“As soon as I got here, I knew I wanted to get involved in political and social justice work,” she says. “I’ve worked with people who have been through a variety of terrible experiences, connected to their inability to access safe, affordable housing.”

As a future attorney, it will be her mission to support organizing for fair and affordable housing and use the law to combat systemic inequity.

“Housing is about more than just a roof over your head. It relates to access to education, health care, economic opportunity, and it often dictates a family’s relationship with the criminal justice system,” she says. “For all of those reasons, I’m a big believer that housing is central to conversations about justice and equity.”

Seth Purcell holds a master’s degree from Brandeis University’s Heller School for Social Policy and Management, and a bachelor’s degree in political science from Tufts University.

He has traveled the world as a volunteer for Peace Corps, and has worked for five international and grassroots development organizations, including Oxfam America, and most recently, Catholic Relief Services.

While working in South Sudan, Pakistan, Uganda and other countries, Purcell’s projects often centered on distributing food and clean water to needy citizens.

“I always knew I wanted to work in sub-Saharan Africa. It’s one of those inexplicable things, which has always had a pull on me,” Purcell says. “In those places, the warmth and sense of community is so strong. People are really looking out for one another. It’s about a collective there, rather than the individual.”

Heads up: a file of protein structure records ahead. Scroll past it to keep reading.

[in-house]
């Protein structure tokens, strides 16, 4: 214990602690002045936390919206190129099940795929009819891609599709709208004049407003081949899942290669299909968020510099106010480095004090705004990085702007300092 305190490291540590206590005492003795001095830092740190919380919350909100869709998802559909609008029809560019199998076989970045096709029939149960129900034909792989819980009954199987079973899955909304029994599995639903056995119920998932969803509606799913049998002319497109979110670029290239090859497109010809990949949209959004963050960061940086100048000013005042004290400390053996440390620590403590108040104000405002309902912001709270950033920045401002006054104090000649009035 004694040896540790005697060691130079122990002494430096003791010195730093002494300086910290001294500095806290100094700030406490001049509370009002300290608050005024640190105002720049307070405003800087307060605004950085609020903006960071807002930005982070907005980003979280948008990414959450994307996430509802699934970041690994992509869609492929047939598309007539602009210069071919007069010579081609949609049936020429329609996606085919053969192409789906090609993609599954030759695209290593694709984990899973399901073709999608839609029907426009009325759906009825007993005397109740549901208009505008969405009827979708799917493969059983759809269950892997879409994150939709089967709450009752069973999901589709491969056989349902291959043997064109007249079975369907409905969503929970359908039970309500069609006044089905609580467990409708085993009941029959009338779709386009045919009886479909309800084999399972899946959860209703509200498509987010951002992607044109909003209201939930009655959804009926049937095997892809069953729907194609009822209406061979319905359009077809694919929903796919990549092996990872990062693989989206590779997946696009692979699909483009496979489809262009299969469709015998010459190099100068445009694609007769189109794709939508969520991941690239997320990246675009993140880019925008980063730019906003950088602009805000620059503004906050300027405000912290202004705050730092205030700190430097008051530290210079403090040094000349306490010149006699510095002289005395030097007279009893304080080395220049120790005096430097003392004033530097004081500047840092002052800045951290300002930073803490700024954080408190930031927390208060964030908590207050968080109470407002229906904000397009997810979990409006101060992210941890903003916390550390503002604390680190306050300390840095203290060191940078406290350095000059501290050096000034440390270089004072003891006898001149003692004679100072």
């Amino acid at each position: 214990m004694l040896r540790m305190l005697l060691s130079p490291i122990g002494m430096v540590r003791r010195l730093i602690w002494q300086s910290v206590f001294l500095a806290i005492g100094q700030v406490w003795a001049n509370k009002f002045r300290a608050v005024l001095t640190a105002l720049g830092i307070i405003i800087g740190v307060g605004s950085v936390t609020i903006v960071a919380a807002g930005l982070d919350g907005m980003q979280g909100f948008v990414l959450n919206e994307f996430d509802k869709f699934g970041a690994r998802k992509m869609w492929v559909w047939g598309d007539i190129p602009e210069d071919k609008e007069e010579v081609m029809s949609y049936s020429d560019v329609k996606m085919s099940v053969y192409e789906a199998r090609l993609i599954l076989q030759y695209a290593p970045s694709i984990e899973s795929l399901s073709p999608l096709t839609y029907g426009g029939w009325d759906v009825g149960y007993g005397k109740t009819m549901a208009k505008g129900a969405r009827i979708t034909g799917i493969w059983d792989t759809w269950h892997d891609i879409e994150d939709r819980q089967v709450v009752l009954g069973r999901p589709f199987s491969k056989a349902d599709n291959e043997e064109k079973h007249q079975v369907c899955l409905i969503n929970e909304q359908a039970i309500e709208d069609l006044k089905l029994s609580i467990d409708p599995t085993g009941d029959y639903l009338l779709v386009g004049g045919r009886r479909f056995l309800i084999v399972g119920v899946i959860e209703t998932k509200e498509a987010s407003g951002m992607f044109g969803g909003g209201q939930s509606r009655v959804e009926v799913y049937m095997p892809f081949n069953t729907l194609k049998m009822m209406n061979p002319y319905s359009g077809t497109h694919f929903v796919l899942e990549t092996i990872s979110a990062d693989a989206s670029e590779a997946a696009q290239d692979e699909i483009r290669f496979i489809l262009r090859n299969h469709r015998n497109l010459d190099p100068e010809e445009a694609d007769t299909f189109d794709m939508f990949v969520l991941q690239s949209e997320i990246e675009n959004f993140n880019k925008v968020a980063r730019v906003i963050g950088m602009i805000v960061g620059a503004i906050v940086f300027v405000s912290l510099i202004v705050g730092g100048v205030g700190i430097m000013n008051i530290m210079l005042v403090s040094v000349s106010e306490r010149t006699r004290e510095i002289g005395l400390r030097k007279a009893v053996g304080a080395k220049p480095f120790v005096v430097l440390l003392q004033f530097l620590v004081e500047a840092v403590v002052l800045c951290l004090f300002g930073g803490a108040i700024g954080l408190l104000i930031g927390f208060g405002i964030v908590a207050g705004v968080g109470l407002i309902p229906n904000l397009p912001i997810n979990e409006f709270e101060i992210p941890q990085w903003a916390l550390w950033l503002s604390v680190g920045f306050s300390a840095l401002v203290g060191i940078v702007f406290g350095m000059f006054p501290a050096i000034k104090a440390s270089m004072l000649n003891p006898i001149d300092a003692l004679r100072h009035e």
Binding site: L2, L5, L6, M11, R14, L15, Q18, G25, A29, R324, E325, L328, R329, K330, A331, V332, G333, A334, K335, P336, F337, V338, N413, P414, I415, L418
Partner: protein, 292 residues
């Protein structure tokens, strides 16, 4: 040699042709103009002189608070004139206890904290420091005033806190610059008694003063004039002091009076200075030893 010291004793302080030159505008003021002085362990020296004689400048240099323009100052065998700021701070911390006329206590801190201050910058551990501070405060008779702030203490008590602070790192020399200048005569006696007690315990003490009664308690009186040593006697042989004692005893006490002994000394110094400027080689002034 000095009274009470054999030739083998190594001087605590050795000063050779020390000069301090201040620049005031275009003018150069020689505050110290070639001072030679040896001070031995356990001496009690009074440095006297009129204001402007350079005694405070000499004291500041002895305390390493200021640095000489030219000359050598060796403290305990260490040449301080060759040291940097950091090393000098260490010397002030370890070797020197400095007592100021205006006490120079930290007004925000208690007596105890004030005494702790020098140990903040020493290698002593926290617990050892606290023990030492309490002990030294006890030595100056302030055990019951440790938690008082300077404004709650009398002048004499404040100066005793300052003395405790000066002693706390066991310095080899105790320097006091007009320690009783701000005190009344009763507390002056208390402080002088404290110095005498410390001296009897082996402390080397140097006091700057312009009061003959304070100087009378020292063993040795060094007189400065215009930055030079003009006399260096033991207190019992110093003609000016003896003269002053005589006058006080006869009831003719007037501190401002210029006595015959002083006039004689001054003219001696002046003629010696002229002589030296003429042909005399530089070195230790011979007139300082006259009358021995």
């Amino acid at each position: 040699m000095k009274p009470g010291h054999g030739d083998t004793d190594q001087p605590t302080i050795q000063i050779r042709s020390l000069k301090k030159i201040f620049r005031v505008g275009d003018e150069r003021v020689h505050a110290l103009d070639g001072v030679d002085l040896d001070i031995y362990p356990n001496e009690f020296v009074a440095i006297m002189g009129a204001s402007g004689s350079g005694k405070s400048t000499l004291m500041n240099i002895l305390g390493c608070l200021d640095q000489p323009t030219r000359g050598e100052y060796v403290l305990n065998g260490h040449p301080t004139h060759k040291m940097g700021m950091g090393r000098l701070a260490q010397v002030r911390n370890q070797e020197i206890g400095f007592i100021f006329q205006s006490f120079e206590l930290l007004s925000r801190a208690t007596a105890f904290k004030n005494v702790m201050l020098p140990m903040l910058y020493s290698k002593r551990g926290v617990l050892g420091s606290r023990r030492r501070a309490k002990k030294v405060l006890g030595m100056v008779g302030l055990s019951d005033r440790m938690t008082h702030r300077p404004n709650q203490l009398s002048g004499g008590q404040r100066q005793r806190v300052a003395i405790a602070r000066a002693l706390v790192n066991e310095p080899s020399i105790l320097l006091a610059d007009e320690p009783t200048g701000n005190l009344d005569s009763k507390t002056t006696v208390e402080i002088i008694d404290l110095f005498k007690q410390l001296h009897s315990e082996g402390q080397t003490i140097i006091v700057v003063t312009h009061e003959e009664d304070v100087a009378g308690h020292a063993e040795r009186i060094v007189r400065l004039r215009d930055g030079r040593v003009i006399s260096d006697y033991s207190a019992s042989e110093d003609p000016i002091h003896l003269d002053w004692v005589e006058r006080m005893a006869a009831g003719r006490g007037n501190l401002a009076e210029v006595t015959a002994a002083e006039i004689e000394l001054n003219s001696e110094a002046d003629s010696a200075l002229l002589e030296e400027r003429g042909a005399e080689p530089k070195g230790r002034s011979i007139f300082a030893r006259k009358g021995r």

Purcell’s varied overseas experiences inspired him to search for ways to do even more.

At Northeastern, he plans to pursue immigration or asylum law.

“It would be amazing to help facilitate someone trying to escape oppression and persecution, and take those initial steps toward greater opportunities,” he says.

Michelle Amelia Newman received her bachelor’s degree in philosophy, politics and economics from the University of Pennsylvania, where she concentrated on choice and behavior. She minored in music and Hispanic studies.

Upon graduation in 2010, she went to work for the Lawyers’ Committee for Civil Rights Under Law in Washington, DC. As a legal assistant, she concentrated her efforts on issues of fair housing and lending, community development and environmental justice.

“Working there opened my eyes to the breadth of problems facing us today. I officially worked on three projects, but found that my favorite role involved engaging directly with communities,” she says.

Seeking an even greater hands-on experience helping the needy, Newman traveled to Chile to volunteer with VE Global, a nonprofit serving at-risk youth.

She currently assigned to a home for 26 girls, who, for varied reasons, have been separated from their families of origin.

In this position, she implements a variety of programs to help the girls learn to read and speak English, and to open up opportunities for them.

When she comes to Northeastern this September, Newman plans to focus her studies on environmental justice, and aim toward her long-term goal of running her own nonprofit.